Capital Float has partnered with e-commerce marketplaces like Snapdeal, Flipkart, Amazon and Paytm to finance small merchants selling online. “We give an in-principle approval in 10-15 minutes after assessing the credit risk. Borrowers can apply online in minutes, select desired repayment terms and receive funds in their bank accounts in seven days with minimal hassle. We want to benchmark lending to the ecommerce experience,” Sashank says.
The company uses proprietary algorithms to check fraud and repayment history , and uses psychometrics to assess entrepreneurs’ payment ability . “We have taken the human bias out of financing and lowered the cost of lending,” Sashank says.

Now, with Rs 200 crore of loans disbursed, and $17 million raised from investors including SAIF Partners and Aspada, the early scepticism around their venture has more or less vanished.

News piece sourced from the Times of India. Read the original article here

Oct 24, 2018

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What Makes Unsecured Business Loans Safe for Your Small Business?

Unsecured small business loans are considered as one of the safest ways to raise short-term finance for meeting the working capital requirements or urgent funding needs of a business. The safety feature is attributable to the fact that these unsecured small business loans do not require any collateral or security in the form of assets of a business. Most small businesses do not have adequate assets to offer as collateral. The elimination of the need for collateral makes it possible for such businesses to raise loans.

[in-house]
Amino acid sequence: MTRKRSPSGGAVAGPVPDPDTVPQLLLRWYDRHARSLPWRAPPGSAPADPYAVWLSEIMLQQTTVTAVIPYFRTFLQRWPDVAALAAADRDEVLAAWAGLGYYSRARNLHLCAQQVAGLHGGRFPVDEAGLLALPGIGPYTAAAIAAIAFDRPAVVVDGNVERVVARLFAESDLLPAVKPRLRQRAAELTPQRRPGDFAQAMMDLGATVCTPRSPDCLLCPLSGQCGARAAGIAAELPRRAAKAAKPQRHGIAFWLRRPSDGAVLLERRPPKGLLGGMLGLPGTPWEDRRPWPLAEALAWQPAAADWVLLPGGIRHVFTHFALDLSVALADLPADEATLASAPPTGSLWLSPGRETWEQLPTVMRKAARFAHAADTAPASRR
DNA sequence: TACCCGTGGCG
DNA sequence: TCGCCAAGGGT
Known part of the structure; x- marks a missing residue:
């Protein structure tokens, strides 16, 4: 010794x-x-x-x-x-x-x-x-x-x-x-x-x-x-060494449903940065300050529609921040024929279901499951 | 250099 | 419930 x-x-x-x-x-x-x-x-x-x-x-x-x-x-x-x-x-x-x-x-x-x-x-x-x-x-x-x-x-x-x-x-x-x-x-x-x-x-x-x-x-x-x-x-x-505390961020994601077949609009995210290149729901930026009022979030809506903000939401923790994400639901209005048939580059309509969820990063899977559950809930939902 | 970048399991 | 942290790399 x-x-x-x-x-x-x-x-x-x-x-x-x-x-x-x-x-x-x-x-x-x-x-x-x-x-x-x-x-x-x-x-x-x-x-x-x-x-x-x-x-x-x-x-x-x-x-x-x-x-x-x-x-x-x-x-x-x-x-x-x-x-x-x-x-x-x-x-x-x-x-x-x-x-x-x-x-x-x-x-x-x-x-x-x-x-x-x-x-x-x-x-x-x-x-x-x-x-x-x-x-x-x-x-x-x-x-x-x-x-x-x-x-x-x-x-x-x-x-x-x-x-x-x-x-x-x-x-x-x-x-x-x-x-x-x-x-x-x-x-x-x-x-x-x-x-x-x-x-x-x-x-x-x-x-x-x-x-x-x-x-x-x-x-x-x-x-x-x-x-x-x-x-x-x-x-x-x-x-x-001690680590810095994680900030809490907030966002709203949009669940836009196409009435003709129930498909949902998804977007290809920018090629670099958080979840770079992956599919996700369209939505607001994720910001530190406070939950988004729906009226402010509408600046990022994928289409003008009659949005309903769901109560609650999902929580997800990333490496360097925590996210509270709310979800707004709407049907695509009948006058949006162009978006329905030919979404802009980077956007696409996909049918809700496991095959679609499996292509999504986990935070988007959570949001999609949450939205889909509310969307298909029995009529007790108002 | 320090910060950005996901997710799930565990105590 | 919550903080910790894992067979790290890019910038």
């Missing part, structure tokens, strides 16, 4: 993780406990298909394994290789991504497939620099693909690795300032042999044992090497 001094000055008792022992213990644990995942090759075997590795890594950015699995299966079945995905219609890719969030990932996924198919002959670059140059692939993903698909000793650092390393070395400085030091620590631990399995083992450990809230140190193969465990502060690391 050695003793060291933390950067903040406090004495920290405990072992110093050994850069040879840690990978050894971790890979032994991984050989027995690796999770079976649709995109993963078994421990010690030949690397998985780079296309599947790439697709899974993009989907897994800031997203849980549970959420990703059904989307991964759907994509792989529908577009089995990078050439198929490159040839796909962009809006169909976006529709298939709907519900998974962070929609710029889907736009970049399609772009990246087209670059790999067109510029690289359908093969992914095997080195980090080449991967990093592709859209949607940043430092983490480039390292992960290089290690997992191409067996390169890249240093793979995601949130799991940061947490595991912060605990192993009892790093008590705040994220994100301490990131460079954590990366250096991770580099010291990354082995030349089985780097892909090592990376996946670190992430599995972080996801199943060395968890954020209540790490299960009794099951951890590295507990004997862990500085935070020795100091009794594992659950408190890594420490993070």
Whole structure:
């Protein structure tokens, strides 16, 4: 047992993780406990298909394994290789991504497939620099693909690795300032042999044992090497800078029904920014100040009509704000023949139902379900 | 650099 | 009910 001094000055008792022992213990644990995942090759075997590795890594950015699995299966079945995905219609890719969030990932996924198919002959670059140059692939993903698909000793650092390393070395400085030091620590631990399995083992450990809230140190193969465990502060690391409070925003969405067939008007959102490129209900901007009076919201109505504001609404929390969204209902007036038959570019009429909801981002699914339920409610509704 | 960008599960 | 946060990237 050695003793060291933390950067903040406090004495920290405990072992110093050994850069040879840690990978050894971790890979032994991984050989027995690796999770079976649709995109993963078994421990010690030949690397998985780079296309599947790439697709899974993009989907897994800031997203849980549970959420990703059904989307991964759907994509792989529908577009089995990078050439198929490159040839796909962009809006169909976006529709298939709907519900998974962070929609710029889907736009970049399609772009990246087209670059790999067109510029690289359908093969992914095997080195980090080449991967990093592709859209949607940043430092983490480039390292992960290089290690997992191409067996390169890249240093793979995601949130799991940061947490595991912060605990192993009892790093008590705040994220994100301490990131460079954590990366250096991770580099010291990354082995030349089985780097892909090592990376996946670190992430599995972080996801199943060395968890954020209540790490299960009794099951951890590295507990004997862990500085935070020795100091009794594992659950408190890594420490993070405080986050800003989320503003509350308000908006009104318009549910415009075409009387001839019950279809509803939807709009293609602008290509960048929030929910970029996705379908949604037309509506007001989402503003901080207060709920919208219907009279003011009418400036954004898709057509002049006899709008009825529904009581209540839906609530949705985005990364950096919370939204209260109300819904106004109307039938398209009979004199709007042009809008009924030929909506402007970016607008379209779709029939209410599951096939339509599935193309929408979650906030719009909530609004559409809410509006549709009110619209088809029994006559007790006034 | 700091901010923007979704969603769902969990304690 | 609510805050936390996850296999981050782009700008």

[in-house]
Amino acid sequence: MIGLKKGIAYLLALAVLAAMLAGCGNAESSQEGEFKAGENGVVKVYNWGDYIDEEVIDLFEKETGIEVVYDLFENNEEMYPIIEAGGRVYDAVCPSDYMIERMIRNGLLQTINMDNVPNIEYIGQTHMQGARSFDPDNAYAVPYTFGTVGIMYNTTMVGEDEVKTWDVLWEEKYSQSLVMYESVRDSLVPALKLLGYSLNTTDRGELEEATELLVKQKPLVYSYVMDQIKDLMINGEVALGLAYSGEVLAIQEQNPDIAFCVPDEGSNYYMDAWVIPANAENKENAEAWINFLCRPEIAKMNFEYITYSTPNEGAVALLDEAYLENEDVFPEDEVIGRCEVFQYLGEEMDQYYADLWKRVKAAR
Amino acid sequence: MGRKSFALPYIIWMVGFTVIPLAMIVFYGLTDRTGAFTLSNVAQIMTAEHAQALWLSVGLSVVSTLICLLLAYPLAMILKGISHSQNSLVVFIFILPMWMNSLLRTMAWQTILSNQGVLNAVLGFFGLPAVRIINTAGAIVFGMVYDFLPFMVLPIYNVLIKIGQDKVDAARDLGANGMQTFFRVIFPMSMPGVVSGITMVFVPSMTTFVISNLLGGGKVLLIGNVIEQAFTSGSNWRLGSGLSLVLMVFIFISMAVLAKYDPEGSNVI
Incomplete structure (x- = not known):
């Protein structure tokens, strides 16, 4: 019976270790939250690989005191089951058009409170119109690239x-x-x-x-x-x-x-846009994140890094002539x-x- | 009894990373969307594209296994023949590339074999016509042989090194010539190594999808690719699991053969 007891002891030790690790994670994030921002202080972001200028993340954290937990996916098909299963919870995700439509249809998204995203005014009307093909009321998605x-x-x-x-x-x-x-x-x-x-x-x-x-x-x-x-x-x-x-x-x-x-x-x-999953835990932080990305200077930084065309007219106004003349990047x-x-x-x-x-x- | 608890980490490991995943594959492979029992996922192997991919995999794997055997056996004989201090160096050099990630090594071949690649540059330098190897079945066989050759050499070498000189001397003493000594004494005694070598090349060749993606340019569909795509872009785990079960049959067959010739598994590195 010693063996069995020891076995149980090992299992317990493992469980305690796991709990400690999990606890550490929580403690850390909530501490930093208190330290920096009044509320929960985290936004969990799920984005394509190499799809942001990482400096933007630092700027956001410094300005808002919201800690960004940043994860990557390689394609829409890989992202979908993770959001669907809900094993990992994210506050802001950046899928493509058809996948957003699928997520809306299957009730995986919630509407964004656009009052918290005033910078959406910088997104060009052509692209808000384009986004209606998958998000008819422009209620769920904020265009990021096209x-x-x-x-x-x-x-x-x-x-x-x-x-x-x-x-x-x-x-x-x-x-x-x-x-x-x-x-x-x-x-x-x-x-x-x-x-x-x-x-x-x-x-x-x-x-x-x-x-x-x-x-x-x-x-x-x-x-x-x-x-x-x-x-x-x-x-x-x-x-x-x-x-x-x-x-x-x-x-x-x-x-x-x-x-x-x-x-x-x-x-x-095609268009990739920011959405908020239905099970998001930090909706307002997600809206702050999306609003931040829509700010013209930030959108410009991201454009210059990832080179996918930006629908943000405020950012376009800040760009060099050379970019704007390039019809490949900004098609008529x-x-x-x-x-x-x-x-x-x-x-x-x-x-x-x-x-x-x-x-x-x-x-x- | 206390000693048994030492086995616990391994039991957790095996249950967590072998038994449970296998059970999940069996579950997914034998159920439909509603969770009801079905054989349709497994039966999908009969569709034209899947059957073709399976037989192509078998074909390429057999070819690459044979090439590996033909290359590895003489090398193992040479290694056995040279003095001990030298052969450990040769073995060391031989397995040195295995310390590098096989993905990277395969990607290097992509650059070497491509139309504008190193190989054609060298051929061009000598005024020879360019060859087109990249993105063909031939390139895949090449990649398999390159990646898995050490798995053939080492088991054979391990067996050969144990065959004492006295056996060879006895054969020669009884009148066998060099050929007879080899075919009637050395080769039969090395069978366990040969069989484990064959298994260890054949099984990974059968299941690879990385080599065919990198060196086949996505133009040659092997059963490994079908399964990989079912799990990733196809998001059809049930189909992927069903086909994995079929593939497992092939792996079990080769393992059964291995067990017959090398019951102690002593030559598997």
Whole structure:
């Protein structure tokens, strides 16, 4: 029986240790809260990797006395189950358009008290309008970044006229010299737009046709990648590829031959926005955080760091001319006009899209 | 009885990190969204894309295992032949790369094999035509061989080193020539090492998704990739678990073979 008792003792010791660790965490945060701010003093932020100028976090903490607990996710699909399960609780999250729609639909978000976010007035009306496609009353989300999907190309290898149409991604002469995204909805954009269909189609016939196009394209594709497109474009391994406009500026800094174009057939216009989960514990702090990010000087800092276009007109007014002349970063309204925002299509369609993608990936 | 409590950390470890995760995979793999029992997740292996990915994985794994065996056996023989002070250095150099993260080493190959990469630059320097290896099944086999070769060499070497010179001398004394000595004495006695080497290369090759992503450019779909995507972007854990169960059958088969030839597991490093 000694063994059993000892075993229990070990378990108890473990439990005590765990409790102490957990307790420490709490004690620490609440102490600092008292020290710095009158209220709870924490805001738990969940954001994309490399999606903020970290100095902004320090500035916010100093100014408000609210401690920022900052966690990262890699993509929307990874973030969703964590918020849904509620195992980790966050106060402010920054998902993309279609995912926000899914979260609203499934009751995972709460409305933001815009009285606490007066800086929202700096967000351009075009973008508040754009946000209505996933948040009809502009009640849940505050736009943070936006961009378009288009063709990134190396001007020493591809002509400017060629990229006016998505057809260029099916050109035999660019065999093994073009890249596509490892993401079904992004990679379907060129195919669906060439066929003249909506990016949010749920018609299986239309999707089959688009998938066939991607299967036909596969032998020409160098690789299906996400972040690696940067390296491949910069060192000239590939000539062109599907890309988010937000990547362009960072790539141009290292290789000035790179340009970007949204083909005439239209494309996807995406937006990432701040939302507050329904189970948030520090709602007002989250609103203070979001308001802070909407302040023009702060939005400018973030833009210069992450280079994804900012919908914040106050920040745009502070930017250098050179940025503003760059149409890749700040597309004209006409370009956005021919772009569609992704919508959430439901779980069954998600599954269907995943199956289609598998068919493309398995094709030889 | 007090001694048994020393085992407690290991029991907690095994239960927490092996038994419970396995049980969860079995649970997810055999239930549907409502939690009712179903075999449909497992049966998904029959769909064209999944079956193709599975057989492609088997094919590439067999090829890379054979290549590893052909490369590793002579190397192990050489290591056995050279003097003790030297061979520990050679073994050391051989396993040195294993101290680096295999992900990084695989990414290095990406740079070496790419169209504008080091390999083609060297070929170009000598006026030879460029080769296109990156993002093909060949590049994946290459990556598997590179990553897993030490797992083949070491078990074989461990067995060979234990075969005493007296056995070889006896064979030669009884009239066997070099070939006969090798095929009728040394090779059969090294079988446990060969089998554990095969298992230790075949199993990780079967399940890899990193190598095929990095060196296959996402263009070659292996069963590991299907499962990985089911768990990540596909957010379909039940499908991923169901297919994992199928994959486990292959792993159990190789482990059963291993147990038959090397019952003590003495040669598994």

Recent years have witnessed the launch of new-age lenders and the introduction of products that have revolutionized unsecured business loans in India. This is not merely via the easy access to funds, but also offering customized solutions for different businesses and tying the repayments to the accounts receivables or inflows from credit card sales of a business.

Ensure uninterrupted business operations

Often small and medium enterprises (SMEs) need funds for their daily operations to ensure the smooth functioning of their business. Funds may be required to purchase raw materials, pay wages and salaries, clear utility bills and meet unexpected expenses. SMEs may also need immediate funds to grab a business opportunity or take advantage of a seasonal upswing in the demand for their products. These funds are required before a business services its customers and raises invoices. The lack of availability of funds at this time can threaten the very survival of a business and, at the least, could throttle any growth opportunities.

This is when unsecured small business loans come to the rescue. SMEs are able to sustain their businesses with the help of such funding options.

The main reason behind the increasing popularity of unsecured small business loans in India is their easy availability. Only a few years back, businesses had no other option but to approach banks and other traditional financial institutions to raise funds. Even if a business could satisfy the stringent eligibility criteria for loans, it could take months before the funds were disbursed.